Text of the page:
October 27, 2008
Written by Jeanine Koranda
It doesn't replace knocking on doors, but some candidates are reaching out to voters --particularly younger ones -- through social networking sites such as Facebook or MySpace.
"The chances of meeting under-30 people at home are very slim because they are busy and out networking," said Jinna Jeffery, a Democrat running for Kansas House District 91 against Republican Rep. Brenda Landwehr. "I feel that through Facebook or MySpace I am more likely to reach them."
The free sites allow a user to set up an account, list interests, display photos and link to other people. Facebook also has a separate category where people can become supporters of a candidate.
So far only a handful of local candidates have set up sites on the networks.
"In terms of communicating, especially for folks 30 and under, this seems to be the way their world works," said Karl Peterjohn, Republican candidate for Sedgwick County Commission District 3.
Wichita Republican Fred Pinaire, candidate for House District 87, said he set up a politician's site on Facebook after his "volunteer computer guy" -- a high school student -- asked what he was doing to connect with younger voters.
"He though that was a necessity to reach the youth vote," Pinaire said.
The site also is an easy way to notify people of events and information, he said.
His opponent, Rep. Raj Goyle, D-Wichita, also has a Facebook page.
"If you are in college now you would be hard-pressed to find somebody that is not on Facebook at least in some minimal way," he said.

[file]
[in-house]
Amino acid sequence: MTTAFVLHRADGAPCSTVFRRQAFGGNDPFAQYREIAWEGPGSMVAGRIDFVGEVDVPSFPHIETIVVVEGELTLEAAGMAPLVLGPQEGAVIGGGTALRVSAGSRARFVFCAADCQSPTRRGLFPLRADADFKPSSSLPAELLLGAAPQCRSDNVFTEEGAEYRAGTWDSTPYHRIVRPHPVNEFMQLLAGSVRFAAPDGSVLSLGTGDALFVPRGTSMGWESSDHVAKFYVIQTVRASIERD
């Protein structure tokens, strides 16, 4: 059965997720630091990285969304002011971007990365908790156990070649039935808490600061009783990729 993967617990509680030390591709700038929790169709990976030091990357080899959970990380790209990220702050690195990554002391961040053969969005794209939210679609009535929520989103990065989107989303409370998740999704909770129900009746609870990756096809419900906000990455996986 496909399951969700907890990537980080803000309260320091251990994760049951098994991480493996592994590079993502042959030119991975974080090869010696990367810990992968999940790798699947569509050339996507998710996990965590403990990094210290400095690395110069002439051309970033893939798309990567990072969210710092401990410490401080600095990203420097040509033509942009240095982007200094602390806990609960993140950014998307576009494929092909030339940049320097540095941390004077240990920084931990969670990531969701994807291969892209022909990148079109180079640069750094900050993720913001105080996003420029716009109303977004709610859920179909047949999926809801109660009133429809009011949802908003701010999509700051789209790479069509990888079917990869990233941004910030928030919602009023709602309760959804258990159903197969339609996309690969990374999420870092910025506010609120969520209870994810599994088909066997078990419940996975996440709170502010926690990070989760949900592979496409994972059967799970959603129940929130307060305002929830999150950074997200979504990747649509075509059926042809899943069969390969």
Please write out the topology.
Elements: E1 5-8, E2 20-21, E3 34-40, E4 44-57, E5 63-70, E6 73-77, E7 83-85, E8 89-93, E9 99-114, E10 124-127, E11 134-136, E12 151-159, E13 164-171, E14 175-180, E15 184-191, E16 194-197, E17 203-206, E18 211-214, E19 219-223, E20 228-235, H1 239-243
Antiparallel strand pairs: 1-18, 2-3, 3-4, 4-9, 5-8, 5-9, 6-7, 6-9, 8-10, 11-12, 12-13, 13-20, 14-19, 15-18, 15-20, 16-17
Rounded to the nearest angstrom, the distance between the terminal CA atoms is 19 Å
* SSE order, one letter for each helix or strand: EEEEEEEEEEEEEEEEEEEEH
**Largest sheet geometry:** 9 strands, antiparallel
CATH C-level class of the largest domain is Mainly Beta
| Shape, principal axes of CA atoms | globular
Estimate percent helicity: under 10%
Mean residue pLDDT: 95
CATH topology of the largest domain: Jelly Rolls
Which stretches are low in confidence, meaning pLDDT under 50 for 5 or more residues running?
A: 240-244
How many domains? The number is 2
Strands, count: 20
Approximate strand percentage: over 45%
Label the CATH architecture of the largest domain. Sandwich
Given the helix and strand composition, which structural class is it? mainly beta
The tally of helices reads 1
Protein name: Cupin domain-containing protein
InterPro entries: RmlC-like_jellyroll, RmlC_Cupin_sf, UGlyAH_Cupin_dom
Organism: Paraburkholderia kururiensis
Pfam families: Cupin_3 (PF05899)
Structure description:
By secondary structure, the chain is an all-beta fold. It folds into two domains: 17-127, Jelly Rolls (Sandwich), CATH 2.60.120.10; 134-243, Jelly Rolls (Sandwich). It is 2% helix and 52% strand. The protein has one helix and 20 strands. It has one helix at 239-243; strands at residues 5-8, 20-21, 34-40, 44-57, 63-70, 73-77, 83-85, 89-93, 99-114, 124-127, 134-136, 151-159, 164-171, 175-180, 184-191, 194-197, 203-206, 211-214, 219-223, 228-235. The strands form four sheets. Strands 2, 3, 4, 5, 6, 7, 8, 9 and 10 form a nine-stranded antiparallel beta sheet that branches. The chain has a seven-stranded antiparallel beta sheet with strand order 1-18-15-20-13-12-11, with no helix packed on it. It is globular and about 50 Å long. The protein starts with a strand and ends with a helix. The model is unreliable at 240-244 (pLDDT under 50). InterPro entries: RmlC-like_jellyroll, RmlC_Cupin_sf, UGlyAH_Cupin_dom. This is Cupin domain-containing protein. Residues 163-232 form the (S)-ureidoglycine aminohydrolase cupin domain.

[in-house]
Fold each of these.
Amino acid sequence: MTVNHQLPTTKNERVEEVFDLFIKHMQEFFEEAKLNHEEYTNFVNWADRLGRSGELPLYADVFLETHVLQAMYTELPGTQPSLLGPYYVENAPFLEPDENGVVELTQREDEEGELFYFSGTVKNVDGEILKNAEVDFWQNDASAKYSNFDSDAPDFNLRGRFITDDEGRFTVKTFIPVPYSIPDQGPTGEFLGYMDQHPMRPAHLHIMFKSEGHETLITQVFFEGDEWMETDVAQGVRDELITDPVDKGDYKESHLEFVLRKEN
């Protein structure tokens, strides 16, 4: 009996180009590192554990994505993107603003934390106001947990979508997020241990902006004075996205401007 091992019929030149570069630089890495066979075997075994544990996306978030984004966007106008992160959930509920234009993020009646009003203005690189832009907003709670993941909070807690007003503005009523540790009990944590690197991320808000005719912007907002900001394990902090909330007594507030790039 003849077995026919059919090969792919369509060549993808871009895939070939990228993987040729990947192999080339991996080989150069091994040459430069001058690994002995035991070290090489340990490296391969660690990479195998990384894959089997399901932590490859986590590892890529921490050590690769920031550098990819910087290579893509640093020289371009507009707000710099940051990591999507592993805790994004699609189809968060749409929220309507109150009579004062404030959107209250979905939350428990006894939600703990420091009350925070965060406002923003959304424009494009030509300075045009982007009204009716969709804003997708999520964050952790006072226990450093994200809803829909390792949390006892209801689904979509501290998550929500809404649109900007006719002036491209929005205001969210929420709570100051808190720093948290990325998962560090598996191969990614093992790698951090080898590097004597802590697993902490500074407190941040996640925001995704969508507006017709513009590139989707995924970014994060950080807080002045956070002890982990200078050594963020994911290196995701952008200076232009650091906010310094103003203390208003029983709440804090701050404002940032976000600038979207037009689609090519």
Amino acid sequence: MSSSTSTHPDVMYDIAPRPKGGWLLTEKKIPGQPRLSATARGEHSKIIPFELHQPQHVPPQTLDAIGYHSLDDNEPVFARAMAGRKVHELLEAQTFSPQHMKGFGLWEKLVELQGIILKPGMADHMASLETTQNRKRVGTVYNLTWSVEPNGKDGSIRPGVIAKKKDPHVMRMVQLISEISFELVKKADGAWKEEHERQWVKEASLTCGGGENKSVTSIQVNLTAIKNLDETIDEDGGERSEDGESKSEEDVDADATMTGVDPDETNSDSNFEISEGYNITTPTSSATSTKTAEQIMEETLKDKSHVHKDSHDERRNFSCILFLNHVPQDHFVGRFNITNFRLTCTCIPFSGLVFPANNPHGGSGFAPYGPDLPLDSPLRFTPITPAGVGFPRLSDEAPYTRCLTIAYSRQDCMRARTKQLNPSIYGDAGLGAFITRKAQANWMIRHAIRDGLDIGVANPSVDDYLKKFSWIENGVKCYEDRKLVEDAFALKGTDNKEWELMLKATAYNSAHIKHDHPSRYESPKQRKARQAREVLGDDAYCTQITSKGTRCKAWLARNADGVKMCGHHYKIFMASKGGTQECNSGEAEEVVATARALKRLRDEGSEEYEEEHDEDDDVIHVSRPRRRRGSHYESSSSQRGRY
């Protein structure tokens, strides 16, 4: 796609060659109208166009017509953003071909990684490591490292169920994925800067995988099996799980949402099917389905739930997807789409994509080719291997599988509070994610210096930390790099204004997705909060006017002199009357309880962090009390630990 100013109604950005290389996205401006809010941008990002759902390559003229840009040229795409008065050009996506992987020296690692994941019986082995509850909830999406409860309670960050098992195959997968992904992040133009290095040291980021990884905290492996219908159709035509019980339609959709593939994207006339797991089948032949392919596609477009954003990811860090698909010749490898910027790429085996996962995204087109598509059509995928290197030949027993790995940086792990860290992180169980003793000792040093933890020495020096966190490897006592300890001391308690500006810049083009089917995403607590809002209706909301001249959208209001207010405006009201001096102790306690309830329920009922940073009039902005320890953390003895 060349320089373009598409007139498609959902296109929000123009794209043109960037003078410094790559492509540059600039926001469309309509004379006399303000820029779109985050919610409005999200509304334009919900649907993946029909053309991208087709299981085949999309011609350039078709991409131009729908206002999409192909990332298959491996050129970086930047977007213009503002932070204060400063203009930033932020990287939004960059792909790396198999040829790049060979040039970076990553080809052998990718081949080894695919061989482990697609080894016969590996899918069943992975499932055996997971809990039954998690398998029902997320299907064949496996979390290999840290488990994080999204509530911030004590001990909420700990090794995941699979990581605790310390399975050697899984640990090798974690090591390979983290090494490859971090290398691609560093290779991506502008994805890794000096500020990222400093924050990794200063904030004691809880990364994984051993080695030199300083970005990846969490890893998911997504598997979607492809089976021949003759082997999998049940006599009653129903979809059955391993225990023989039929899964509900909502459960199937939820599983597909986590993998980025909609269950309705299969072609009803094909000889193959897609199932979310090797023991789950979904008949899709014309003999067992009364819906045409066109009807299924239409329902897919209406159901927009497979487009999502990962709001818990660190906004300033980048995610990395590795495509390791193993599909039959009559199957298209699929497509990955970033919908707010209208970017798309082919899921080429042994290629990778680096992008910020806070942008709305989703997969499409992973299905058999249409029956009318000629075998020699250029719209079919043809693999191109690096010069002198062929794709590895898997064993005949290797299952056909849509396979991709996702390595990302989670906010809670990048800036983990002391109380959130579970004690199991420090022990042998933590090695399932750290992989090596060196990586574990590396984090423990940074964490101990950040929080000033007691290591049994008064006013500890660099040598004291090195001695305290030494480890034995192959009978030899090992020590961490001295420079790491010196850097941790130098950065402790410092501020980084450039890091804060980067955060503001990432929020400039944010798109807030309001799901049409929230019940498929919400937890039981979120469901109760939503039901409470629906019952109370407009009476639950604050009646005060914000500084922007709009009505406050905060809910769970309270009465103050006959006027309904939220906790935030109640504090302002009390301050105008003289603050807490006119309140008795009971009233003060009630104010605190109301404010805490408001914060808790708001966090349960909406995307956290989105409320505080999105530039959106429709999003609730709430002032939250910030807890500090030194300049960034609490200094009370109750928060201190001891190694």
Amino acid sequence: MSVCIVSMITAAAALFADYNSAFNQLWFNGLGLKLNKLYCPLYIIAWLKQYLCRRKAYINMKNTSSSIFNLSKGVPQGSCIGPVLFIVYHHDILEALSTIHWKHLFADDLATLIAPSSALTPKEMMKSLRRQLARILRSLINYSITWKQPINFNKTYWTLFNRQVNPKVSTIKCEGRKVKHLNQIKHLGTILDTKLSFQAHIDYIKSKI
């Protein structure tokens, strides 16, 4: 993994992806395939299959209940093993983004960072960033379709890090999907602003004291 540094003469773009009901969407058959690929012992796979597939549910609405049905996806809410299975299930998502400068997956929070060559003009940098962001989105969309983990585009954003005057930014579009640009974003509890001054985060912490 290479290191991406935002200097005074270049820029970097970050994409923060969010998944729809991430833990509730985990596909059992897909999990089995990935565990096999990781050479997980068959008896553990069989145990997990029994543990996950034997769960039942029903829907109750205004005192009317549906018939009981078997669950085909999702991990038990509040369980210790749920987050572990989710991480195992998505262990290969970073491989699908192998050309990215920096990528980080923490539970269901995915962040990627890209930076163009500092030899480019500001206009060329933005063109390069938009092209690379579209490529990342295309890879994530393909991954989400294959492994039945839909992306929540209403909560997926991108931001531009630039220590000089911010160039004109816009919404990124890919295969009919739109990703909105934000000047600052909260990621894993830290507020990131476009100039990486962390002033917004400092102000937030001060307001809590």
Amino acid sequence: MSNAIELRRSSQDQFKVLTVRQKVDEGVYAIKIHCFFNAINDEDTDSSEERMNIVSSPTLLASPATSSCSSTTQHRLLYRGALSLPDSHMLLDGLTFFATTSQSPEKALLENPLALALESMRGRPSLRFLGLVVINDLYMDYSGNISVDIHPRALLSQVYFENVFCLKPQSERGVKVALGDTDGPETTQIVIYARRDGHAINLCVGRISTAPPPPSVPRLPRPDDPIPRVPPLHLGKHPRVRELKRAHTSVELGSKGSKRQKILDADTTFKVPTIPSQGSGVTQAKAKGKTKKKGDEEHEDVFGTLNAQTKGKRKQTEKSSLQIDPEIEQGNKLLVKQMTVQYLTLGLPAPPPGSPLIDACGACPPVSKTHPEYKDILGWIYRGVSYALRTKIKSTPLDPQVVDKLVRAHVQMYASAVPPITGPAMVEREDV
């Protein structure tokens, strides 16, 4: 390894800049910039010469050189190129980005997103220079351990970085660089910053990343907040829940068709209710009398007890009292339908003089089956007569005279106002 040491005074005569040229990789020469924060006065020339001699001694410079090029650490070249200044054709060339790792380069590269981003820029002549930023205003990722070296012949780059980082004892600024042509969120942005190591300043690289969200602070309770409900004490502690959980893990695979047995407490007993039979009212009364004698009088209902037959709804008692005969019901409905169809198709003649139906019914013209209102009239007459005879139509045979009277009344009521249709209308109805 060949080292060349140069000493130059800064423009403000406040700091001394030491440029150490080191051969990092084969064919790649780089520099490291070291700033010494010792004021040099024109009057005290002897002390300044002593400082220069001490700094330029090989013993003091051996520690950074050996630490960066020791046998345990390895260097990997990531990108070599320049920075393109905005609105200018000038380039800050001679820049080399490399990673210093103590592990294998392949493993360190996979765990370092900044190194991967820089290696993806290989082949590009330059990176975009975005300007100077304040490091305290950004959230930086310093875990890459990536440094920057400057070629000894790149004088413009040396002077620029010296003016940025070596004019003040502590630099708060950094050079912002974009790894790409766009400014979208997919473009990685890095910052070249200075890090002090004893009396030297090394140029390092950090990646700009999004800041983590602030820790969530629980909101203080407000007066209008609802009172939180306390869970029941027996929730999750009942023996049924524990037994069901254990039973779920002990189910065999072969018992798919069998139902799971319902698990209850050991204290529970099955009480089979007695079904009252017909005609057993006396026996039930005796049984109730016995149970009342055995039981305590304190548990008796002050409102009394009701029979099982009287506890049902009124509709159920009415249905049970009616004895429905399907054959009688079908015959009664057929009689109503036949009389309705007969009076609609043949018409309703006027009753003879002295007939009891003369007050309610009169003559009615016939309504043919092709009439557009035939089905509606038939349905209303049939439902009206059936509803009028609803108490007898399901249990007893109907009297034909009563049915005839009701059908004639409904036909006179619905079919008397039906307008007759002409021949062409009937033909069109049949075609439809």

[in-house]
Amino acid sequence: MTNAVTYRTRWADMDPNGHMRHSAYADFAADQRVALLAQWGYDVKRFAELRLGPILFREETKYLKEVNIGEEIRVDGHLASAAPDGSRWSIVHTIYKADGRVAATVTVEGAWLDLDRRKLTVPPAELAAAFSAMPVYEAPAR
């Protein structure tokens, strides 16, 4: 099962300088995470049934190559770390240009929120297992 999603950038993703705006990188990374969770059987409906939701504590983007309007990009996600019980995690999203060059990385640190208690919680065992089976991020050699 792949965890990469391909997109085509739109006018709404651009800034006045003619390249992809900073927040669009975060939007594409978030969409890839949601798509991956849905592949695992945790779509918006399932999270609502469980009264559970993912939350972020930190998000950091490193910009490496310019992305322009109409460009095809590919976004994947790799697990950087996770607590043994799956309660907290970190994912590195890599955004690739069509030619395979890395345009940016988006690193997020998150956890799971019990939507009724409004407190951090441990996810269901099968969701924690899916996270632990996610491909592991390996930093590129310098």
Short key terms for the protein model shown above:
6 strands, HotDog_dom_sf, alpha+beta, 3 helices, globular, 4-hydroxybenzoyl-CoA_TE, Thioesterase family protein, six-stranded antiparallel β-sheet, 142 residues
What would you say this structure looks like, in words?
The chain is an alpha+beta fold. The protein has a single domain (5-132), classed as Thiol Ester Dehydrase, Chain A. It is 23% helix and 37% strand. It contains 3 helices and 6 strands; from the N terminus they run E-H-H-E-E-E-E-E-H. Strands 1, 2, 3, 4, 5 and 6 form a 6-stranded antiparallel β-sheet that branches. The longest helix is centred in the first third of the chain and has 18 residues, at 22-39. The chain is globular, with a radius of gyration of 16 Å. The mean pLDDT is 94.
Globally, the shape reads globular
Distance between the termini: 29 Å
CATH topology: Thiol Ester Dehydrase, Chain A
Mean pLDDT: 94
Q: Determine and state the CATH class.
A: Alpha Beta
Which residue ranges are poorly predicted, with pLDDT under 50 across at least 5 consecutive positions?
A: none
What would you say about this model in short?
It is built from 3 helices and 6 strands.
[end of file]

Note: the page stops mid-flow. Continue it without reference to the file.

Tools like the networking sites are helping make campaigns more affordable and accessible to political hopefuls, said Michael A. Smith, associate chair of political science at Emporia State University.
"It is just as easy for somebody running for state representative to get on Facebook and connect with voters as somebody running for president," Smith said.
The networking sites are also interactive. Visitors and supporters can post their own comments or encourage their friends to support a candidate.
That ability to link to other people is part of the appeal of the sites for both parties.
"If one person can say I know 20 people that would support you and use their network on Facebook it grows from there," Kenny Johnston, technology director for the Kansas Democratic Party.
The state party uses Facebook, MySpace and the popular video site YouTube, which also allows people to link to each other, he said.
There is also the cost factor, pointed out Christian Morgan, executive director for the Kansas Republican Party.
"It's free. A lot of the people you are reaching by social networking sites are young people that might be first-time voters," he said.
Reaching out to new voters and expanding contacts are important, especially since some past elections have been extremely close, he said.
"I'm encouraging every candidate to do everything they can to get those extra two votes because it could be the difference between winning and losing," he said.
While the sites are reaching out in a new way, that doesn't mean politicians have stopped pounding the pavement.
"I'd be surprised if anything ever replaces the importance of having a conversation with people about issues and concern for the community," said Goyle, who added that nothing was more important than talking to voters on their doorsteps.